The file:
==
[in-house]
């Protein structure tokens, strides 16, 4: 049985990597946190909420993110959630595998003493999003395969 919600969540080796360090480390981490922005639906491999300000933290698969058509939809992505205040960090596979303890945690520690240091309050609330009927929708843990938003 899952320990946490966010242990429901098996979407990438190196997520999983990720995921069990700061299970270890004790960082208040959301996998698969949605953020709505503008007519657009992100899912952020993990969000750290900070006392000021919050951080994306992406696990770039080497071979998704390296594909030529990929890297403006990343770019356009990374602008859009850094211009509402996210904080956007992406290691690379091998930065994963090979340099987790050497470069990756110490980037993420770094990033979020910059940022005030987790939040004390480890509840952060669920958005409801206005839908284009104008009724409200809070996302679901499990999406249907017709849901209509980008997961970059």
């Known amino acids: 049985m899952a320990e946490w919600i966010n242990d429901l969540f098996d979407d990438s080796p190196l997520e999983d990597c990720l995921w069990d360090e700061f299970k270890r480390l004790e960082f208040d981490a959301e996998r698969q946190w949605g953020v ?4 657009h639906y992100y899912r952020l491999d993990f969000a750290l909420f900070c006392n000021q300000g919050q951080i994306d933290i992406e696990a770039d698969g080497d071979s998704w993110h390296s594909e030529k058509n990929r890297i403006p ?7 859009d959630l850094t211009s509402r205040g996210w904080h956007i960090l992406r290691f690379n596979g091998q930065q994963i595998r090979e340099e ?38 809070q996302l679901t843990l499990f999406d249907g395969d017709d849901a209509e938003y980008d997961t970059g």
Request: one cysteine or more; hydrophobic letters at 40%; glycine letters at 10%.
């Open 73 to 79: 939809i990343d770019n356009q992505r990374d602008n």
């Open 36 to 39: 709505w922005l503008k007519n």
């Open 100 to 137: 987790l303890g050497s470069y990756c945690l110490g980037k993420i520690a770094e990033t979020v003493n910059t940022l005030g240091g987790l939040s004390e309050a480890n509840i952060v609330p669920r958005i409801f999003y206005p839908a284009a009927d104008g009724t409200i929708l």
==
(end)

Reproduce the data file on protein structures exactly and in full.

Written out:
[in-house]
């Protein structure tokens, strides 16, 4: 049985990597946190909420993110959630595998003493999003395969 919600969540080796360090480390981490922005639906491999300000933290698969058509939809992505205040960090596979303890945690520690240091309050609330009927929708843990938003 899952320990946490966010242990429901098996979407990438190196997520999983990720995921069990700061299970270890004790960082208040959301996998698969949605953020709505503008007519657009992100899912952020993990969000750290900070006392000021919050951080994306992406696990770039080497071979998704390296594909030529990929890297403006990343770019356009990374602008859009850094211009509402996210904080956007992406290691690379091998930065994963090979340099987790050497470069990756110490980037993420770094990033979020910059940022005030987790939040004390480890509840952060669920958005409801206005839908284009104008009724409200809070996302679901499990999406249907017709849901209509980008997961970059």
């Known amino acids: 049985m899952a320990e946490w919600i966010n242990d429901l969540f098996d979407d990438s080796p190196l997520e999983d990597c990720l995921w069990d360090e700061f299970k270890r480390l004790e960082f208040d981490a959301e996998r698969q946190w949605g953020v ?4 657009h639906y992100y899912r952020l491999d993990f969000a750290l909420f900070c006392n000021q300000g919050q951080i994306d933290i992406e696990a770039d698969g080497d071979s998704w993110h390296s594909e030529k058509n990929r890297i403006p ?7 859009d959630l850094t211009s509402r205040g996210w904080h956007i960090l992406r290691f690379n596979g091998q930065q994963i595998r090979e340099e ?38 809070q996302l679901t843990l499990f999406d249907g395969d017709d849901a209509e938003y980008d997961t970059g």
Request: one cysteine or more; hydrophobic letters at 40%; glycine letters at 10%.
């Open 73 to 79: 939809i990343d770019n356009q992505r990374d602008n």
């Open 36 to 39: 709505w922005l503008k007519n």
């Open 100 to 137: 987790l303890g050497s470069y990756c945690l110490g980037k993420i520690a770094e990033t979020v003493n910059t940022l005030g240091g987790l939040s004390e309050a480890n509840i952060v609330p669920r958005i409801f999003y206005p839908a284009a009927d104008g009724t409200i929708l």